Manufacturers helped to drive up efficiencies at free event

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Manufacturers helped to drive up efficiencies at free event

Manufacturers helped to drive up efficiencies at free event
June 02
11:05 2013
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To achieve success in today’s food supply chain, it is necessary to capitalise on fast moving trends, optimise manufacturing efficiency and productivity, while managing supply chain logistics and minimising waste, according to control systems and automation specialist Mitsubishi Electric Europe.

To highlight the latest methodologies and technologies available to help food manufacturers achieve world class status, Mitsubishi is organising a free one-day conference, comprising a variety of speakers, and an exhibition at its headquarters in Hatfield next month (July 10).

The event, called ‘Continuous Improvement in Food & Beverage Production’,  and supported by Food Manufacture, will cover a range of topics. Those include: establishing a continuous improvement culture; food safe handling solutions; filling the skills gap by food process engineering training; robot integration, 3D vision solutions and applications in the sector; energy management and overall equipment effectiveness.

Most intense pressures

Chris Evans, UK sales manager for Mitsubishi Electric, said that, perhaps more than any other sector, the food industry faces the most intense pressures to meet the needs of a fickle market whose preferences can change on a whim.

Added into the mix are increasingly demanding legislation and a growing environmental awareness among the public, government-driven campaigns on what should and should not be consumed and the ever-present requirement to manage hygiene and food safety, said Evans.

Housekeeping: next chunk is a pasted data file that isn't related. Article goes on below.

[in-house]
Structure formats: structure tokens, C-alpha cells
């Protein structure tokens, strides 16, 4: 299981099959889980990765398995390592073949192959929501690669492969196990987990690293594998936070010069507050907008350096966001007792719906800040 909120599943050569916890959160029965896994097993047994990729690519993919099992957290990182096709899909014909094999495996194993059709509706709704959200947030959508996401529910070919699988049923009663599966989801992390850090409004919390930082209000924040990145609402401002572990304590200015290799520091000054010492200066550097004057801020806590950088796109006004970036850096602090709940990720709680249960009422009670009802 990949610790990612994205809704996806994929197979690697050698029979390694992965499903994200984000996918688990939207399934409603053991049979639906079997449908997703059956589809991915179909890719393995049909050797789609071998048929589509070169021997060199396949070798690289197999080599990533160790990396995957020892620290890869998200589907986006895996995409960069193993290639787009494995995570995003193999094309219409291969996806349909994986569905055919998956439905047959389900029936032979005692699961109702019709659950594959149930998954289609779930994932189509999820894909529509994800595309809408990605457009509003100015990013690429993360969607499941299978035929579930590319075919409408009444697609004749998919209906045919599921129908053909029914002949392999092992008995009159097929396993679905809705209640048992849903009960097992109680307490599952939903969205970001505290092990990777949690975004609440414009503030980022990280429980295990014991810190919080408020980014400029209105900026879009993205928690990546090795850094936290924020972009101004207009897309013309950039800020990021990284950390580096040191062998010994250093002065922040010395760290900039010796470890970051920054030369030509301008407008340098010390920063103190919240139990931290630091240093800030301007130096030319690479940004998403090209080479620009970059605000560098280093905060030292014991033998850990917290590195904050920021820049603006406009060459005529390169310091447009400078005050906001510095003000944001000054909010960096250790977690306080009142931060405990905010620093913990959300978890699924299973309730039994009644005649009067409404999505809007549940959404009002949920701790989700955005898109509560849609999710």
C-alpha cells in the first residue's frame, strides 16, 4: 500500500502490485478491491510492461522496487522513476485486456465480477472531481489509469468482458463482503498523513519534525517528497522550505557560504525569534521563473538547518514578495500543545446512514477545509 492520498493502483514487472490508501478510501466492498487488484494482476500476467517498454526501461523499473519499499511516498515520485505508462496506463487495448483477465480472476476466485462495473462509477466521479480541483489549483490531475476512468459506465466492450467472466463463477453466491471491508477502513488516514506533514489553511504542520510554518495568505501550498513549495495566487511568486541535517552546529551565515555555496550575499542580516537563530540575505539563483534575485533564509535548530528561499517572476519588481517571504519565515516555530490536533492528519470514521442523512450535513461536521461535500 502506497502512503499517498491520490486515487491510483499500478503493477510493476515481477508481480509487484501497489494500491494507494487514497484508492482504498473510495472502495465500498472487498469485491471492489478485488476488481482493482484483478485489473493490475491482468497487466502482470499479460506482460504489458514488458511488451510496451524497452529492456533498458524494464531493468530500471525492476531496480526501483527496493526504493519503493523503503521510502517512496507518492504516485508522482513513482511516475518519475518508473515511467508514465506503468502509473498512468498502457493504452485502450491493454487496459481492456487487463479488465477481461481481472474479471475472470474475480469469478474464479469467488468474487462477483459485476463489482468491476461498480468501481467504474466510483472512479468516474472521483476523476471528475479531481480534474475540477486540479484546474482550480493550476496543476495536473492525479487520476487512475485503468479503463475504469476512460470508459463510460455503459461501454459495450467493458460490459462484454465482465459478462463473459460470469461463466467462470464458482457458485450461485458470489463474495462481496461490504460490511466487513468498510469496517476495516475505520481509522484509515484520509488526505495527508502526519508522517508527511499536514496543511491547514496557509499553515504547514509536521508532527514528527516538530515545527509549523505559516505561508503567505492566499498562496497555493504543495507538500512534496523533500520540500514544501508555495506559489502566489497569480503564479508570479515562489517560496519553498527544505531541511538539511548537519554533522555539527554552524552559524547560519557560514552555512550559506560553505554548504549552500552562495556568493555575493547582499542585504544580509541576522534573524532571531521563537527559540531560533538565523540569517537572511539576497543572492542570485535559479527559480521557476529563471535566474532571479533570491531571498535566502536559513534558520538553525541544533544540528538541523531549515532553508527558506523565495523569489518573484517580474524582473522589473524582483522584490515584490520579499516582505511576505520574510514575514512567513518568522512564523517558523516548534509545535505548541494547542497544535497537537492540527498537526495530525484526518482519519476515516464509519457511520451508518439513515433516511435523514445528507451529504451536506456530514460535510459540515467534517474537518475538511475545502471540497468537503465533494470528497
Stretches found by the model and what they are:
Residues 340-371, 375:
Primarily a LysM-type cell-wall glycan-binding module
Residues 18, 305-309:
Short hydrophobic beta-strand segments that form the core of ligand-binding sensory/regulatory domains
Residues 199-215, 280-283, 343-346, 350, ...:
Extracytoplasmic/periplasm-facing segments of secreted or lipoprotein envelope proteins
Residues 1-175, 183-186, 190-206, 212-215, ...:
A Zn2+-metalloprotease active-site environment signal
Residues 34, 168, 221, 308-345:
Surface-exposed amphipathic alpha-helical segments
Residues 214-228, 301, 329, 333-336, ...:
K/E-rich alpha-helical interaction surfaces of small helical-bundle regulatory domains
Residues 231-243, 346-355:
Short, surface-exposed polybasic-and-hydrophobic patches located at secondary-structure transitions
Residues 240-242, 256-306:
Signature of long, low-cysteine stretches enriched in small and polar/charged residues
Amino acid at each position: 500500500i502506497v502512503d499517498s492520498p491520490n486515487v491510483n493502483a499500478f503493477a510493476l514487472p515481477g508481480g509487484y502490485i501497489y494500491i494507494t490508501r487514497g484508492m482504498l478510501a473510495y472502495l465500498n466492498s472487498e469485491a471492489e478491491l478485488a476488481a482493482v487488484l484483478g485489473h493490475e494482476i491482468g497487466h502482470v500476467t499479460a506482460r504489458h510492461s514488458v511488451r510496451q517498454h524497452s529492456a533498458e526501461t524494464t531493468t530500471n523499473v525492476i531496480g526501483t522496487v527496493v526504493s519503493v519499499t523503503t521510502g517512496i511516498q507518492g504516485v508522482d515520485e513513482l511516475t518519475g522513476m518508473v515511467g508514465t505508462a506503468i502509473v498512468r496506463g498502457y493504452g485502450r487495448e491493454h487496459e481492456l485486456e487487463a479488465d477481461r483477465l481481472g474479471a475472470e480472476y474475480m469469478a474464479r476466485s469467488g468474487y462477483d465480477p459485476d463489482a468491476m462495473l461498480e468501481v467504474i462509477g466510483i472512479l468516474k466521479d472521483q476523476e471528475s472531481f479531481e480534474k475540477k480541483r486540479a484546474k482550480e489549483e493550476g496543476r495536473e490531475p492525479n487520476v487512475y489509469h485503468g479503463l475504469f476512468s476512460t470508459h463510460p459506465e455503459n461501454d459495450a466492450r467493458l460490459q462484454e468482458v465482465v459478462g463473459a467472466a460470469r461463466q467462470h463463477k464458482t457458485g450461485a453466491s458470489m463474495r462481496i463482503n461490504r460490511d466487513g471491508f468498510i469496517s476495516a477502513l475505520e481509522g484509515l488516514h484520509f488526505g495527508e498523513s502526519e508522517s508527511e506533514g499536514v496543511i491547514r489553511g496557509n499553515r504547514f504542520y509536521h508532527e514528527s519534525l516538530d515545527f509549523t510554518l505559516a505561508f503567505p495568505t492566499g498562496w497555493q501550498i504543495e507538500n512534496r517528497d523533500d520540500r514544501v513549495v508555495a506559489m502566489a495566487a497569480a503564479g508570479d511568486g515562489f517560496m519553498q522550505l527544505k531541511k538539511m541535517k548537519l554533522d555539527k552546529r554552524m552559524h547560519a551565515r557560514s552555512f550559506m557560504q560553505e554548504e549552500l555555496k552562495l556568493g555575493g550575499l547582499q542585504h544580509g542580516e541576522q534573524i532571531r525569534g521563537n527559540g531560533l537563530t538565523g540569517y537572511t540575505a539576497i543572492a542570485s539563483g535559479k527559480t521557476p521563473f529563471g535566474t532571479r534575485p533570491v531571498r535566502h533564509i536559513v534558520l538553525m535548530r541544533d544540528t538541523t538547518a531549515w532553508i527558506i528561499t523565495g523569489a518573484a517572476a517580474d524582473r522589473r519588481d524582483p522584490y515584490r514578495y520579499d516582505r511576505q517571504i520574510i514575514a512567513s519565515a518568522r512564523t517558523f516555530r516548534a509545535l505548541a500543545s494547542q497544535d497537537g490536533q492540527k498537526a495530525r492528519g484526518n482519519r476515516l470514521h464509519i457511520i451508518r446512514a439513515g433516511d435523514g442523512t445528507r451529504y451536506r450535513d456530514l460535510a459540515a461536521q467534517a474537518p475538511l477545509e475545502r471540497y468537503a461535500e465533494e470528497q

To add to manufacturers’ complexity, they face highly volatile raw material costs, which places margins under extreme pressure.

“Then, of course, there is the fierce competition within the industry and, indeed, the even fiercer competition throughout the retail chain,” said Evans.

Food manufacturers have to be able to move quickly to address changing consumer preferences with exciting new products. At the same time, they are increasingly required to drive consumer choices, particularly in the wake of the western world’s obesity crisis.

‘Maintaining the bottom line’

Evans added: “Maintaining the bottom line means addressing the industry issues in such a way that production efficiency is increased, waste is minimised, flexibility is maximised and traceability is assured.”

The key to all of this is automation technology – automating new sections of the production line or updating existing automation systems to take advantage of new technologies and platforms, he argued. Automation, he claimed, offers food manufacturers many avenues for improving their processes, enhancing quality, meeting changing end-user expectations and increasing profitability.

Automation can play a key role in eliminating machine downtime, reducing waste, increasing throughput, reducing cycle time, reducing machine changeover time and optimising assets, he added.

For more details about attending the ‘Continuous Improvement in Food & Beverage Production’ event, click here

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